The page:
In July 1917, the all-Black 3rd Battalion, 24th Infantry Regiment, traveled by train from Columbus, New Mexico -- near the Mexican border -- to Houston. They were tasked with guarding the construction of an auxiliary National Guard training facility.
The soldiers could not have fully imagined what awaited them.
Their assignment to guard Camp Logan was scheduled to last seven weeks. It barely lasted a month, cut short by a race riot that resulted in 20 deaths and three courts-martial. Nineteen soldiers were executed, and 63 were given life sentences.
Those verdicts stemming from the Houston Race Riot of 1917 might not be final, though. As of June 2022, the Army is reviewing a clemency petition for all 110 soldiers convicted after the three military proceedings resulting from the riot, a spokesman for the service confirmed to Military.com.
"The denial of justice can never fully be undone," Michael F. Barry, the president and dean of the South Texas College of Law Houston, told The Associated Press.
After the United States entered World War I, it announced the establishment of Army training camps to prepare troops to be deployed to Europe. One was Camp Logan, located west of downtown Houston.
"The caveat, for Houstonians, was that the installation came free of black soldiers, a common request for cities, especially in the South, that sought military business," according to research from Prairie View A&M University.
It was in this climate of racial discrimination and hostility that the 24th Infantry Regiment -- including more than 650 Black soldiers and their white commanding officers -- was dispatched. Houston leaders vowed there would be no racial trouble, a claim that soon proved hollow.
Entrenched in the era of Jim Crow, police officers harassed and abused Black soldiers. When service members received passes to go into the city, they endured slurs and acts that made clear that their military uniform did not shield them from discrimination, as they thought it might. Their sheer presence was viewed "as a threat to racial harmony."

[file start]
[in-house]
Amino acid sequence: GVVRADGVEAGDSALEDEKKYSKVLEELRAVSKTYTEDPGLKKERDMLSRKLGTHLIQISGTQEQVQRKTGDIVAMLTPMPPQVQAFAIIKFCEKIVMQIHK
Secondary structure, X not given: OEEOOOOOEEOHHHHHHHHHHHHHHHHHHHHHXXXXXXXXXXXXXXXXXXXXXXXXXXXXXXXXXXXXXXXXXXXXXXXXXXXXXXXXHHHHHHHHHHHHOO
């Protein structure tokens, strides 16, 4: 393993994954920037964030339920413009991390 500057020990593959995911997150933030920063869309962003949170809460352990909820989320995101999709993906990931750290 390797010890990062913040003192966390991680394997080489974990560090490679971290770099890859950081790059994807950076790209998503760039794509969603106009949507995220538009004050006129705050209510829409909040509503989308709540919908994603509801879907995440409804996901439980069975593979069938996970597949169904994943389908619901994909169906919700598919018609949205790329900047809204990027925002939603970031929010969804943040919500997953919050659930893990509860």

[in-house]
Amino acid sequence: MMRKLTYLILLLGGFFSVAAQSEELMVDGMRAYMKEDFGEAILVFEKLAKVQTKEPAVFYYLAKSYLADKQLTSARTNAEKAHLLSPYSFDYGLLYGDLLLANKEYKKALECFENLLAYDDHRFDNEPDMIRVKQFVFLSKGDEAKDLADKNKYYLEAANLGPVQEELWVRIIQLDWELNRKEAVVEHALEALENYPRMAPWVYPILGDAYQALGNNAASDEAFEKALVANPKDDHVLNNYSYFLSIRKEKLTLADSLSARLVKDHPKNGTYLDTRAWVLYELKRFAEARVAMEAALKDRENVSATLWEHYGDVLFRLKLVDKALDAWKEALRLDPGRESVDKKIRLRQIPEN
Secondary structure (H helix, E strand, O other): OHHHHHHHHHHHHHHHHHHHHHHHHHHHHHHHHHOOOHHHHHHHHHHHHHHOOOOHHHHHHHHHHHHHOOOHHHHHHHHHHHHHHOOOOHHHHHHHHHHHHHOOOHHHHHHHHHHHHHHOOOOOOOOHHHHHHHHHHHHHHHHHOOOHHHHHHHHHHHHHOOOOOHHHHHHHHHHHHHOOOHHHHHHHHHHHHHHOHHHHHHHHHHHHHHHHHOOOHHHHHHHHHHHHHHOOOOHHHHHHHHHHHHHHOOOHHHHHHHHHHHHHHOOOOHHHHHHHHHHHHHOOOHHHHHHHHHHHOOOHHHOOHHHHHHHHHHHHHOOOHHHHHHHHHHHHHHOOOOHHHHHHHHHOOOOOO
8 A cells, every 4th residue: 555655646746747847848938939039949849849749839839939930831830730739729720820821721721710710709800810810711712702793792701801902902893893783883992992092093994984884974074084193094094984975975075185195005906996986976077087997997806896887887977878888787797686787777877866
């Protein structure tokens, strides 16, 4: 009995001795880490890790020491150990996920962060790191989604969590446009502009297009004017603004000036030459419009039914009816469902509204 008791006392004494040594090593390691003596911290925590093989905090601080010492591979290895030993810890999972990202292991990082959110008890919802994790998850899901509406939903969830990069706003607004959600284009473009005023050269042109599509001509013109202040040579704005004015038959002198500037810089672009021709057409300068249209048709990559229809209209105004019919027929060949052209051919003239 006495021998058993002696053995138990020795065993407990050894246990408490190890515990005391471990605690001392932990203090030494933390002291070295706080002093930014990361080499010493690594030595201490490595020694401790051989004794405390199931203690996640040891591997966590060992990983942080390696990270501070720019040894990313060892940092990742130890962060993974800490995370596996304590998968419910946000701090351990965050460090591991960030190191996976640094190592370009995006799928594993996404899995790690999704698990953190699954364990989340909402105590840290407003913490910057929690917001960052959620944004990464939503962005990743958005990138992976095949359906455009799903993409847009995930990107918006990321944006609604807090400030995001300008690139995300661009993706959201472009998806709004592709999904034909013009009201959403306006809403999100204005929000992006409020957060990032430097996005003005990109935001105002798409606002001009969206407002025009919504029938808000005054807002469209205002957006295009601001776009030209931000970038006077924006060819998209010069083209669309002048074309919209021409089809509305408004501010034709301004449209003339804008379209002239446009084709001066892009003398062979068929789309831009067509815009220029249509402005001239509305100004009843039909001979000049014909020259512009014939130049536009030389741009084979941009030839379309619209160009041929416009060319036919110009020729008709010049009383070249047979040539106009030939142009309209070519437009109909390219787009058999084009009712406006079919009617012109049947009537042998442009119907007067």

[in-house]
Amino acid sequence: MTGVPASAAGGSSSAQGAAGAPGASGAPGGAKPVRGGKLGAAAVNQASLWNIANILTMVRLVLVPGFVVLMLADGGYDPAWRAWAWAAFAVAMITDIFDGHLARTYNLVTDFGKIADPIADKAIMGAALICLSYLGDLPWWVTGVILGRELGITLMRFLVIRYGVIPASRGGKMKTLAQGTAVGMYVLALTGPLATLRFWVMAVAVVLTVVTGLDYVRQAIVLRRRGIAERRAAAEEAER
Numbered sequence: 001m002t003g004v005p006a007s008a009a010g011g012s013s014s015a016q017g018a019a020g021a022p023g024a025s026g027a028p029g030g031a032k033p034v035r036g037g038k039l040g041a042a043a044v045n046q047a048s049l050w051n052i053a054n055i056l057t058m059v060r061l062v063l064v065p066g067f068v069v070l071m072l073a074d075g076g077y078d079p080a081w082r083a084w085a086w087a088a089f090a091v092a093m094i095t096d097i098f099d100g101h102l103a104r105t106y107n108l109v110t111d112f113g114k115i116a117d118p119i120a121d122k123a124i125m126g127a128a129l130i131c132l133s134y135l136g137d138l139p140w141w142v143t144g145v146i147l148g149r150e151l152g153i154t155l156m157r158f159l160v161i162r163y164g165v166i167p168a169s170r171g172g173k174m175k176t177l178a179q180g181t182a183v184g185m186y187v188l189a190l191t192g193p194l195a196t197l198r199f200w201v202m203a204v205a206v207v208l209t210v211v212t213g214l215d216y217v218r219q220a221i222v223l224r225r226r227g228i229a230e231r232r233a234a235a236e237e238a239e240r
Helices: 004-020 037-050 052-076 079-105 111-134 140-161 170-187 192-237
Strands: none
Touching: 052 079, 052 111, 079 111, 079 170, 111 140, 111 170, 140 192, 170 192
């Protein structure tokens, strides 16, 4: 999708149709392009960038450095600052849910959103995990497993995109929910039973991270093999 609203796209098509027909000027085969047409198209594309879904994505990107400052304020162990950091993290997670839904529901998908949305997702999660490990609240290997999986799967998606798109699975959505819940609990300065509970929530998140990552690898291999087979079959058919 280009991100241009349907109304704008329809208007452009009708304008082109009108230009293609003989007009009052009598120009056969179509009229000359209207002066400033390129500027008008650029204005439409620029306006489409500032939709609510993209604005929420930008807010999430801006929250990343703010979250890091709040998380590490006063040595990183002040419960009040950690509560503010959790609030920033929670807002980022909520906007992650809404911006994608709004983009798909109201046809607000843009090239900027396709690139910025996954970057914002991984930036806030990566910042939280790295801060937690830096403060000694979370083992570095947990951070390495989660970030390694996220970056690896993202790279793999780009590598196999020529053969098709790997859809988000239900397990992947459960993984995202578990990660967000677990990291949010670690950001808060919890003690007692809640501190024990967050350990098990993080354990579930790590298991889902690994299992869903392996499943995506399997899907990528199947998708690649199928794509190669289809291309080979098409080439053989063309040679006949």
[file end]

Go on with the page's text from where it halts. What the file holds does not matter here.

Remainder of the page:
Tensions intensified on Aug. 23, 1917, after police pistol-whipped and arrested a private from the 24th for intervening in the arrest of a Black woman. When Cpl. Charles Baltimore, a military policeman with the battalion, inquired about the private's condition, he was shot at, chased into a nearby home and taken to the police station.
Although Baltimore was released, a rumor reached the regiment that he had been killed. Reports of a white mob heading to the camp added to the confusion, leading more than 150 soldiers to defy orders to stay on base. They grabbed rifles and "began firing wildly in the direction of the supposed mob," an account from the Texas State Historical Association said.
According to the nonprofit Equal Justice Initiative's version of the incident: "Seemingly under attack by local white authorities, over 150 Black soldiers armed themselves and left for Houston to confront the police about the persistent violence. They planned to stage a peaceful march to the police station as a demonstration against their mistreatment by police. However, just outside the city, the soldiers encountered a mob of armed white men."
Sixteen white civilians, including five police officers, died, as well as four Black soldiers.
Soldiers faced a variety of charges, including disobeying lawful orders, mutiny, assault with intent to commit murder, and murder. At the first court-martial, barely more than two months after the riot, more than 60 soldiers were tried in the largest murder trial in U.S. history.
"A single attorney working on a mere two weeks preparation" represented every defendant. Thirteen of them, including Baltimore, were sentenced to death and not allowed to appeal. They were informed of their sentences on Dec. 9 and hanged two days later.
"I am to be executed this morning," Baltimore wrote to his brother. "... It is true I went downtown with the men that marched out of camp. But I am innocent of shedding any blood. But it is God's will, so don't worry. ... Meet me in heaven."
The outcry about the soldiers' treatment led the Army to change its appellate review process. Sixteen more soldiers received death sentences at the next two courts-martial, but President Woodrow Wilson commuted 10 of those to life terms.
Some soldiers served up to 20 years in prison before their release, according to Prairie View A&M. Two white officers were court-martialed but released; no white civilians faced charges.
-- Stephen Ruiz can be reached at Stephen.Ruiz@military.com.
Want to Know More About the Military?
Be sure to get the latest news about the U.S. military, as well as critical info about how to join and all the benefits of service. Subscribe to Military.com and receive customized updates delivered straight to your inbox.